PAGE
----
See Michigan’s # 1 community for deer accidents; search 2019 data for your city or town

One of six Michigan traffic accidents in 2019 was caused by a collision with a deer. Almost a third of these deer accidents occurred in October and November, according to Michigan State Police data.

Michigan recorded a total of 55,531 deer accidents in 2019, up 4% from 53,464 in 2018 and 50,949 in 2017.

The surge in numbers reflects growth in Michigan’s deer herd, which continues to recover from the harsh winters of 2013-15 that saw their numbers plummet, particularly in the Upper Peninsula and northern Lower Peninsula.

Portage, in Kalamazoo County, had the most deer and vehicle collisions of any city or township in Michigan in 2019, with 207 crashes. That’s 13% of accidents in the city reported to the police.

While urban counties experienced more accidents, collisions between deer and vehicles made up a higher percentage of accidents in more rural counties. In 2019, 65% of all vehicle accidents in Michigan’s Thumb – Huron, Sanilac and Tuscola counties – involved a deer; 49% in the north of the Lower Peninsula and 38% in the Upper Peninsula.

And remember, these are only the accidents reported to the police. According to State Farm, Michigan ranks No. 2 in the country for vehicle-animal collisions, with about 133,000 crashes in the past year, according to figures compiled by the insurance provider. More than 70% of those collisions involve deer, State Farm said.

Michigan is second in the United States for vehicle-animal collisions, according to State Farm

Below is an interactive map showing deer accidents in 2019 by county. You can hover your cursor over a county to see the underlying data. (Can’t see the map? Click here.)

The top five counties in number of accidents involving deer: Oakland (1,836), Kent (1,750), Jackson (1,612), Ottawa (1,352) and Lapeer (1,346).

Then an interactive graph allows you to search deer vehicle accidents by county and month. (Can’t see the graph? Click here.)

Next is a searchable database that allows readers to search the numbers for any city or township in Michigan that reported deer vehicle crashes in 2019. (Can’t see the graph? Click here.)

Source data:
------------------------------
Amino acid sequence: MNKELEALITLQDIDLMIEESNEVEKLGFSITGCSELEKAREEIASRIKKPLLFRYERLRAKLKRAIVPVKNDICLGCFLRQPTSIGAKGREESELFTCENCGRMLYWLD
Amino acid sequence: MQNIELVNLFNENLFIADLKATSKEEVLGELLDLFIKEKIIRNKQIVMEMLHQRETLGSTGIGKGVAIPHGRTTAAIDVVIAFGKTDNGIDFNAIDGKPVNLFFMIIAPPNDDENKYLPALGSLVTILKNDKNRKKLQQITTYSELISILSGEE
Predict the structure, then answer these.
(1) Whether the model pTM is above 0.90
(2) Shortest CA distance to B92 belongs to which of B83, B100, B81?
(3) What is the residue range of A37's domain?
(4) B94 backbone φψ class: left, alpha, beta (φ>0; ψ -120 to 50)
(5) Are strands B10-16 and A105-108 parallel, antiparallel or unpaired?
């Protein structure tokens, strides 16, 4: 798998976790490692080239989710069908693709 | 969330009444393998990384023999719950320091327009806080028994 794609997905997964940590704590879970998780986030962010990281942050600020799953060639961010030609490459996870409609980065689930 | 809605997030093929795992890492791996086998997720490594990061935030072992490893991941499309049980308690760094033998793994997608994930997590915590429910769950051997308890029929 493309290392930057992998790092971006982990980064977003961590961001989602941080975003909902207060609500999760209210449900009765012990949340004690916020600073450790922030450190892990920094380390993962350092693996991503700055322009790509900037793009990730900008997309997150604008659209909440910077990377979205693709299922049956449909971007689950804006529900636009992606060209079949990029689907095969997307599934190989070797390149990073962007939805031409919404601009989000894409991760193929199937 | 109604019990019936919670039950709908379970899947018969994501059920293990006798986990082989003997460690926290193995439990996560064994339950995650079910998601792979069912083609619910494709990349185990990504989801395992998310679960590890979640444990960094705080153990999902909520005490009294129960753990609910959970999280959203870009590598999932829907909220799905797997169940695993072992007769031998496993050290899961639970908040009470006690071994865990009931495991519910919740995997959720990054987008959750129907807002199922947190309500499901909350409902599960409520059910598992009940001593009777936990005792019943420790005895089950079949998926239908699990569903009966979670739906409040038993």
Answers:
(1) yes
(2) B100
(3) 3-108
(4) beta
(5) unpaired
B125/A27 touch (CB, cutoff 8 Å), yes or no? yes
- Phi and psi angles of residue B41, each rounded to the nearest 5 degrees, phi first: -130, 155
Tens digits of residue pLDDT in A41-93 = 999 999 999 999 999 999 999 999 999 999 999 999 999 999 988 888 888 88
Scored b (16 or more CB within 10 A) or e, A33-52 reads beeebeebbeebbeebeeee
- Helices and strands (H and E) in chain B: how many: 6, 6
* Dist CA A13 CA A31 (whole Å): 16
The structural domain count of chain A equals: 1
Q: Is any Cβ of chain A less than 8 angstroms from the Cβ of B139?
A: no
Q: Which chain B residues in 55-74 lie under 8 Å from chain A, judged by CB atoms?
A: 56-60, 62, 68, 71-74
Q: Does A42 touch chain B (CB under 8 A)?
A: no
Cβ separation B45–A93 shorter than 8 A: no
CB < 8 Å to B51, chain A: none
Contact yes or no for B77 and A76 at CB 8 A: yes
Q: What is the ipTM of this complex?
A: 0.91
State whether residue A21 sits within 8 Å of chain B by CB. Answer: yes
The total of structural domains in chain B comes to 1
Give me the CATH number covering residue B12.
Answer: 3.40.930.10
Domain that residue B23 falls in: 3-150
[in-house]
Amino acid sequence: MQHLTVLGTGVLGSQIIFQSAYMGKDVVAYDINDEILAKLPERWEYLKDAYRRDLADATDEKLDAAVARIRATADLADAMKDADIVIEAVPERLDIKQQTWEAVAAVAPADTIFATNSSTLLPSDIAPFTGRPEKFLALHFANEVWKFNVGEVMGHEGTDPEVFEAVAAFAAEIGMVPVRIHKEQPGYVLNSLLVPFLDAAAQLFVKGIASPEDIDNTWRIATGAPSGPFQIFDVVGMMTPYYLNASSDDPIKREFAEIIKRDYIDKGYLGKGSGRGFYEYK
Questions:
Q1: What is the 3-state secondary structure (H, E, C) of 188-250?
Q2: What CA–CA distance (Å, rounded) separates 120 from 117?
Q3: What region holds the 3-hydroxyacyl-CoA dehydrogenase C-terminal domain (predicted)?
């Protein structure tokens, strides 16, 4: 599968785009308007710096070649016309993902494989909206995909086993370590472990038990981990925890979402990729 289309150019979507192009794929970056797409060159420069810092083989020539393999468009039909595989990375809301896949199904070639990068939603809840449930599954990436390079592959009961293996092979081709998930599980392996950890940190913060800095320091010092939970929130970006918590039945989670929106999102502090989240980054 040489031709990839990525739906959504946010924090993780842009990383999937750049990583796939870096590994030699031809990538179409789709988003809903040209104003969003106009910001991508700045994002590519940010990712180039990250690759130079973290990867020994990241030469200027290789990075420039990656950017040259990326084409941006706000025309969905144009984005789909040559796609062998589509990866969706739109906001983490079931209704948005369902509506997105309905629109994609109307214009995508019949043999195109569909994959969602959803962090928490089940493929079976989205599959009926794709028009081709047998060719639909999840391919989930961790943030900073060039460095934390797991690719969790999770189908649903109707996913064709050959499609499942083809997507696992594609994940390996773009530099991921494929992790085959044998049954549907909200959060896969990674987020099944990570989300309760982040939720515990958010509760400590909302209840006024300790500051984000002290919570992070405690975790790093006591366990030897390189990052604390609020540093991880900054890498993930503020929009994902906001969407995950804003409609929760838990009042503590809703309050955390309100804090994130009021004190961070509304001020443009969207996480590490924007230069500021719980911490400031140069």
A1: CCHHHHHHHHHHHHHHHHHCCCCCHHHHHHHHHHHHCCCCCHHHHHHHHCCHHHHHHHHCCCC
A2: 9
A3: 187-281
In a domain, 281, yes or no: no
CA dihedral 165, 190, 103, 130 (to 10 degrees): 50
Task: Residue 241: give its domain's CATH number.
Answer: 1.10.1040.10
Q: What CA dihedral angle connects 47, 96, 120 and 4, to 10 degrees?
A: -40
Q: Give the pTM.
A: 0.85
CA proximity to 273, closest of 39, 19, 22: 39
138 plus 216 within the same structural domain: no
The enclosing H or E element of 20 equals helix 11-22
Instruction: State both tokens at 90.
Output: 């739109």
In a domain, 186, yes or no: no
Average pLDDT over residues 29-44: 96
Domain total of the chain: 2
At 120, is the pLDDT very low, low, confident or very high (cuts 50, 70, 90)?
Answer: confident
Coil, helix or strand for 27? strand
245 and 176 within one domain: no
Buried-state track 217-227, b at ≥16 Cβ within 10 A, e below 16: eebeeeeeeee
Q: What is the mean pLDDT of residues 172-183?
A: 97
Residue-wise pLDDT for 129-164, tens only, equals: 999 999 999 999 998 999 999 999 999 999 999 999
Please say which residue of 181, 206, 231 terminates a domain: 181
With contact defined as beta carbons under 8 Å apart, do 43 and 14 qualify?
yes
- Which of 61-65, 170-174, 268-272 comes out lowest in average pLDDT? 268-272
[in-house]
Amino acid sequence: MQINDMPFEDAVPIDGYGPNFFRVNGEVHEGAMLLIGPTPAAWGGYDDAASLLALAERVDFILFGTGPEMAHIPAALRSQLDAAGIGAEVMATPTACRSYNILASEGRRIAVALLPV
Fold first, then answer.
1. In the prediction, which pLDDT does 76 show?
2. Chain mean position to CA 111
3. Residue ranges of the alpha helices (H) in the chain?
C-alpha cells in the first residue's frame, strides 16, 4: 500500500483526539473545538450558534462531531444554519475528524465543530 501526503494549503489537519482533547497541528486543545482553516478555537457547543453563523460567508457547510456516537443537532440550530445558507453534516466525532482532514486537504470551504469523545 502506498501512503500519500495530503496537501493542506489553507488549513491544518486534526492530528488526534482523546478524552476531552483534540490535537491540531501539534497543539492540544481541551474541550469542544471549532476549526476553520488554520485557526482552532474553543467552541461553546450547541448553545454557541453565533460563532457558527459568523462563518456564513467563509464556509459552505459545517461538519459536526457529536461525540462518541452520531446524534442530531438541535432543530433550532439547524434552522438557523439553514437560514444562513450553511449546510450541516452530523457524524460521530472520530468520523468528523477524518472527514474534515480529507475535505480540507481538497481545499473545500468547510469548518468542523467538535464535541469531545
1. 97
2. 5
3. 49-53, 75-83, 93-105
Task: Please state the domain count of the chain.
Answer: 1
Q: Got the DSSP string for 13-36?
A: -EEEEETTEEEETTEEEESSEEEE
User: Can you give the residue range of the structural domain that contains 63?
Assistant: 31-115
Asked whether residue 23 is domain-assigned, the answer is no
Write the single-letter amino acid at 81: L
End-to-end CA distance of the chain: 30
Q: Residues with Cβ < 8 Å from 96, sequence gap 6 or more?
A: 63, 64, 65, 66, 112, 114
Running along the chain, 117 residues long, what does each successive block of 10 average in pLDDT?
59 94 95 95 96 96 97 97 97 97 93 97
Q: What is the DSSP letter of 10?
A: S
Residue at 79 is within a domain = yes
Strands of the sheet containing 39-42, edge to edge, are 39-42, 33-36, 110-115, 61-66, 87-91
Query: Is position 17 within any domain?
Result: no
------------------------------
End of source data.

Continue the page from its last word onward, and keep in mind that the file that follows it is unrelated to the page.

If you type the name of a county using parentheses, you can see the communities in that county ranked by the number of deer vehicle accidents. The number on the left is the community‘s rank among the 1,569 towns and townships included in this database.

In addition to Portage, also in the top five communities by number of car crashes with deer: Midland (177), Grayling Township (173), Union Township in Isabella County (170) and Rochester Hills (166) .

Some other quick facts:

  • Twelve people died in 2019 in deer vehicle crashes in Michigan.
  • 29% of all vehicle accidents in Michigan in November involve a deer.
  • Collisions between deer and vehicles are more likely to occur at dawn and dusk, which also coincides with the morning and evening rush hours.
  • Collisions with deer are more likely to occur on local roads than on highways

Safety tips

The Michigan Deer Crash Coalition recommends the following safety tips:

  • Watch for deer, especially at dawn and dusk. They are then the most active, especially during the fall mating season. In the spring, deer will move from shelter to find food and then back to shelter. Often, deer will feed along road rights-of-way, where the grass is green first. If you see a deer, approach cautiously as there may be others out of sight.
  • Deer often travel in single file, so if you see one crossing a road, chances are there are more chances nearby waiting to cross too. When caught by an approaching vehicle, they can panic and start in any direction without warning.
  • Be careful all year round, especially on two-lane roads. Watch for warning signs of deer. They are placed in known deer crossing areas and serve as an early warning that deer may be nearby.
  • Slow down when crossing areas with deer populations.
  • Always fasten your seat belt.
  • If a collision with a deer is imminent, do not swerve, brake firmly, hold the steering wheel with both hands, stop in a controlled manner and pull your vehicle away from the roadway.

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